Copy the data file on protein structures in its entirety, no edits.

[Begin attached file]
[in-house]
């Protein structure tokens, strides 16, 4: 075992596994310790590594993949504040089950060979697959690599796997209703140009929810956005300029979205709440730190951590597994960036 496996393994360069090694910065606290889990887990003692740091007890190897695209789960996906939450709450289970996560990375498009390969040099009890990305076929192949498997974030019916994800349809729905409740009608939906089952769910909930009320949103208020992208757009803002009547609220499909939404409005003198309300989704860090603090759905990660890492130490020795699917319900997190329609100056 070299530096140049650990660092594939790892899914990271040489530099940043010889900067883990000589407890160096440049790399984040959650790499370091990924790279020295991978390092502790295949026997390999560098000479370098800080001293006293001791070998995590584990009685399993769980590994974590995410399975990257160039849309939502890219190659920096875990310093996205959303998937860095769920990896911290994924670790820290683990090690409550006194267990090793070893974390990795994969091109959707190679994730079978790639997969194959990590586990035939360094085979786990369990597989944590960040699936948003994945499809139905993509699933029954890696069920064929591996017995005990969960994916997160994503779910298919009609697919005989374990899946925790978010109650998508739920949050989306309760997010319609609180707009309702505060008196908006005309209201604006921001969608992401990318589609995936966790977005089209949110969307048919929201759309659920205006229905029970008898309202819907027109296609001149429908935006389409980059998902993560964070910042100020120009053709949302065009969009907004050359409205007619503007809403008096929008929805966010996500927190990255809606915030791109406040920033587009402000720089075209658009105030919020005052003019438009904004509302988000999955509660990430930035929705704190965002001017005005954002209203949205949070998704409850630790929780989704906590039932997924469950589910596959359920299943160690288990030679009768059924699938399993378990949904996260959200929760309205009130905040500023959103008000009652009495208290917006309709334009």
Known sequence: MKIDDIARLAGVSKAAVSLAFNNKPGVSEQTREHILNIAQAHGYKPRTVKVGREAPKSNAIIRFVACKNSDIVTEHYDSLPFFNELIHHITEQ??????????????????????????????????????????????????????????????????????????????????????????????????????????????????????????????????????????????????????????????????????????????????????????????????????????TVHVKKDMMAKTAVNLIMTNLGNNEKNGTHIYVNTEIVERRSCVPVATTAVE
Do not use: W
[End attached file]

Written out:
[in-house]
């Protein structure tokens, strides 16, 4: 075992596994310790590594993949504040089950060979697959690599796997209703140009929810956005300029979205709440730190951590597994960036 496996393994360069090694910065606290889990887990003692740091007890190897695209789960996906939450709450289970996560990375498009390969040099009890990305076929192949498997974030019916994800349809729905409740009608939906089952769910909930009320949103208020992208757009803002009547609220499909939404409005003198309300989704860090603090759905990660890492130490020795699917319900997190329609100056 070299530096140049650990660092594939790892899914990271040489530099940043010889900067883990000589407890160096440049790399984040959650790499370091990924790279020295991978390092502790295949026997390999560098000479370098800080001293006293001791070998995590584990009685399993769980590994974590995410399975990257160039849309939502890219190659920096875990310093996205959303998937860095769920990896911290994924670790820290683990090690409550006194267990090793070893974390990795994969091109959707190679994730079978790639997969194959990590586990035939360094085979786990369990597989944590960040699936948003994945499809139905993509699933029954890696069920064929591996017995005990969960994916997160994503779910298919009609697919005989374990899946925790978010109650998508739920949050989306309760997010319609609180707009309702505060008196908006005309209201604006921001969608992401990318589609995936966790977005089209949110969307048919929201759309659920205006229905029970008898309202819907027109296609001149429908935006389409980059998902993560964070910042100020120009053709949302065009969009907004050359409205007619503007809403008096929008929805966010996500927190990255809606915030791109406040920033587009402000720089075209658009105030919020005052003019438009904004509302988000999955509660990430930035929705704190965002001017005005954002209203949205949070998704409850630790929780989704906590039932997924469950589910596959359920299943160690288990030679009768059924699938399993378990949904996260959200929760309205009130905040500023959103008000009652009495208290917006309709334009």
Known sequence: MKIDDIARLAGVSKAAVSLAFNNKPGVSEQTREHILNIAQAHGYKPRTVKVGREAPKSNAIIRFVACKNSDIVTEHYDSLPFFNELIHHITEQ??????????????????????????????????????????????????????????????????????????????????????????????????????????????????????????????????????????????????????????????????????????????????????????????????????????TVHVKKDMMAKTAVNLIMTNLGNNEKNGTHIYVNTEIVERRSCVPVATTAVE
Do not use: W